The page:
At the hospital, multiple CT scans showed it was highly likely Ye had contracted the novel coronavirus and that it had spread to his lungs. Doctors deliberated if he qualified for a nucleic acid test, which would use the virus’ genetic sequence to confirm if he had been infected, but it was decided his case wasn’t severe enough. The precious supply of test kits had to be reserved for more critical patients.
Diagnosis has emerged as one of the major stumbling blocks in getting the virus under control in Hubei, where the number of those who fear they are infected far outweighs the capacity of hospitals to confirm if they are. On Thursday, Hubei began counting patients who were diagnosed via CT imaging alongside those who tested positive with the nucleic acid kits, resulting in a more than 45% surge in the number of confirmed cases, to nearly 50,000 people.
As Ye convalesced at home after his second hospital visit — not knowing if he had the virus or not — his brother and grandmother also began to show symptoms of infection. Overnight, Ye’s condition worsened to the point he thought he might die. “I thought I was knocking on hell’s door,” he said.
Ye went back to the hospital after his temperature soared to 39 degrees Celsius (about 102 degrees Fahrenheit). Doctors put him on an IV drop and administered Kaletra, a combination drug used to treat HIV that has shown some success in combating the virus, bringing his temperature down to 37 degrees by the end of the day.
A week after the symptoms first began, Ye appeared to be reaching a turning point.
The young student’s condition was steadily improving when he finally secured one of the coveted test kits on Jan. 29, which confirmed he had the virus. His doctor gave him a five-day course of the antiviral drug Aluvia and sent him back to his three-bedroom apartment for quarantine, in part because the hospital didn’t have enough beds to accommodate him.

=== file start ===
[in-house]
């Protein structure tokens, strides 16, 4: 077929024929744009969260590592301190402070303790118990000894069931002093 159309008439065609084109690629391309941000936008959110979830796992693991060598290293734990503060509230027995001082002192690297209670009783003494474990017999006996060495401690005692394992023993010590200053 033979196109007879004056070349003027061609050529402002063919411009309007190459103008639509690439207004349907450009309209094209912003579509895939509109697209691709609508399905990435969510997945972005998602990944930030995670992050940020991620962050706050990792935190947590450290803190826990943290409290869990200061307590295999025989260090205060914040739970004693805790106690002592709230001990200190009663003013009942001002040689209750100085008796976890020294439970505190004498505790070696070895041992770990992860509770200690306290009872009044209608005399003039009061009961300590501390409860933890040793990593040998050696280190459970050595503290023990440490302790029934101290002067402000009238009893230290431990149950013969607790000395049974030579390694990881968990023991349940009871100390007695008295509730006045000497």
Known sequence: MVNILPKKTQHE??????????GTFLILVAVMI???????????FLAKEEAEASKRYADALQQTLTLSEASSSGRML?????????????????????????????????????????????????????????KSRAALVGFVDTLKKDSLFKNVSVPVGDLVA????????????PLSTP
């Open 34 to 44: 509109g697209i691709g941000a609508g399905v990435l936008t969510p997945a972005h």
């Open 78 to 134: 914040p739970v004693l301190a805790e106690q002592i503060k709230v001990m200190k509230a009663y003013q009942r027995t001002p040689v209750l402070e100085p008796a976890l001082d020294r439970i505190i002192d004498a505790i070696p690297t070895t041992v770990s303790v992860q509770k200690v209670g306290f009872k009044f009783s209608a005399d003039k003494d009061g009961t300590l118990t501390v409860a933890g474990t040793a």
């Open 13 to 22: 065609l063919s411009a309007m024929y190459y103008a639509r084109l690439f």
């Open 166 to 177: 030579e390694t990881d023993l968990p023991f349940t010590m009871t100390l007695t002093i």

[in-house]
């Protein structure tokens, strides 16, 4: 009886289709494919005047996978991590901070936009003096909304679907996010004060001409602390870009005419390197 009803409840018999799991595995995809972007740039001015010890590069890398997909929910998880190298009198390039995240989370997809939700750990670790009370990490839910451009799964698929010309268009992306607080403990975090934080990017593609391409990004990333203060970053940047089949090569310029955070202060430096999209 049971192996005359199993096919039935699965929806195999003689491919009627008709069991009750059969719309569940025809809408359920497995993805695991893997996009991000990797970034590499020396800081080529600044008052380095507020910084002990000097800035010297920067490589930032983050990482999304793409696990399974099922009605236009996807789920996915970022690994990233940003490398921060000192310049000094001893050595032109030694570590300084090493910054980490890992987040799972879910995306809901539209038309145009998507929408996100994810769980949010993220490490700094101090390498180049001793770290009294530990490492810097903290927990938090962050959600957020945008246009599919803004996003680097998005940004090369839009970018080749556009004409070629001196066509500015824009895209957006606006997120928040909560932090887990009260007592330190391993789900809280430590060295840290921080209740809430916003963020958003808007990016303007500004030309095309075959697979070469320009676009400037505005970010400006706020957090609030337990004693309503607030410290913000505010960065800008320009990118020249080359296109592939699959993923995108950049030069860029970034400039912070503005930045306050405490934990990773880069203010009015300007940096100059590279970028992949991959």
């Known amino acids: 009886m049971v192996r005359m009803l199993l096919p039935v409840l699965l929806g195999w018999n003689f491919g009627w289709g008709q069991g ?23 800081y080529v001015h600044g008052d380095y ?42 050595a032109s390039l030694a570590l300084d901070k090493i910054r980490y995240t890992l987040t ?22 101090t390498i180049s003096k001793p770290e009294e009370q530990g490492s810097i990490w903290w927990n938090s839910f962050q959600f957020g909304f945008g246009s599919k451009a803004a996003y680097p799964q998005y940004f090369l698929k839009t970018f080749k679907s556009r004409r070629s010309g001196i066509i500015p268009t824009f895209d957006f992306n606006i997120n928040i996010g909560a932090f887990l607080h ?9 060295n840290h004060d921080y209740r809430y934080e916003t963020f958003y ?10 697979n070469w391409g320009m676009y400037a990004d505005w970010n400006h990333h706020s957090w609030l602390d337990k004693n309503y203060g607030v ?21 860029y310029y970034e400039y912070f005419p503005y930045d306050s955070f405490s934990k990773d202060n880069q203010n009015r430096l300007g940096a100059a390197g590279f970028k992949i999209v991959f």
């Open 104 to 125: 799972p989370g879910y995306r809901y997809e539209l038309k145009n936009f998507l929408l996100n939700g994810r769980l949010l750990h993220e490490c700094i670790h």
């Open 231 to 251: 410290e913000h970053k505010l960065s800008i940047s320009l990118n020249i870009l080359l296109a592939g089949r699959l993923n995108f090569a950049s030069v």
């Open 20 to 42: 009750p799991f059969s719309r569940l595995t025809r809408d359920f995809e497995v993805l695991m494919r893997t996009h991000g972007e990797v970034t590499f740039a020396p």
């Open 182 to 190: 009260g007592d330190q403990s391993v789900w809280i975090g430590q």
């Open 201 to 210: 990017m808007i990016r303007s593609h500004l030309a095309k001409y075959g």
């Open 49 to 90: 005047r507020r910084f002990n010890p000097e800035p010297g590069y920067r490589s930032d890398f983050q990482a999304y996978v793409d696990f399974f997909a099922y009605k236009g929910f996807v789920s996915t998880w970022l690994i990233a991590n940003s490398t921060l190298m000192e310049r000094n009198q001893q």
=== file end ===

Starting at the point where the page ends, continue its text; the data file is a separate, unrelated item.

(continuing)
Nine days later on Feb. 7, another set of nucleic acid tests came back negative for the virus, but Ye wasn’t out of the woods. After reports that even patients who tested negative could slip into critical distress, the local government quarantined him in a hotel that had been turned into a makeshift hospital. Police stood guard outside to prevent anyone from leaving or entering.
Ye was allowed to go home five days later, ending a saga that began more than three weeks ago. He‘s thankful he survived, and salutes the doctors and nurses who put their own lives at risk to help him. Some doctors told him they suspected they had the virus, but continued to treat patients.
Like many Chinese, Ye is critical of the government’s response to the outbreak, especially the slow initial response from local officials that meant a precious opportunity to contain the virus early on was missed. The two most senior Communist Party cadres in Hubei were replaced Thursday, as Beijing tries to gain control of the spiraling crisis.
“Hubei has missed one opportunity after another while they were trying to keep things under wraps,” Ye said. “Things wouldn’t have come to this point if the government hadn’t hidden information a month ago.”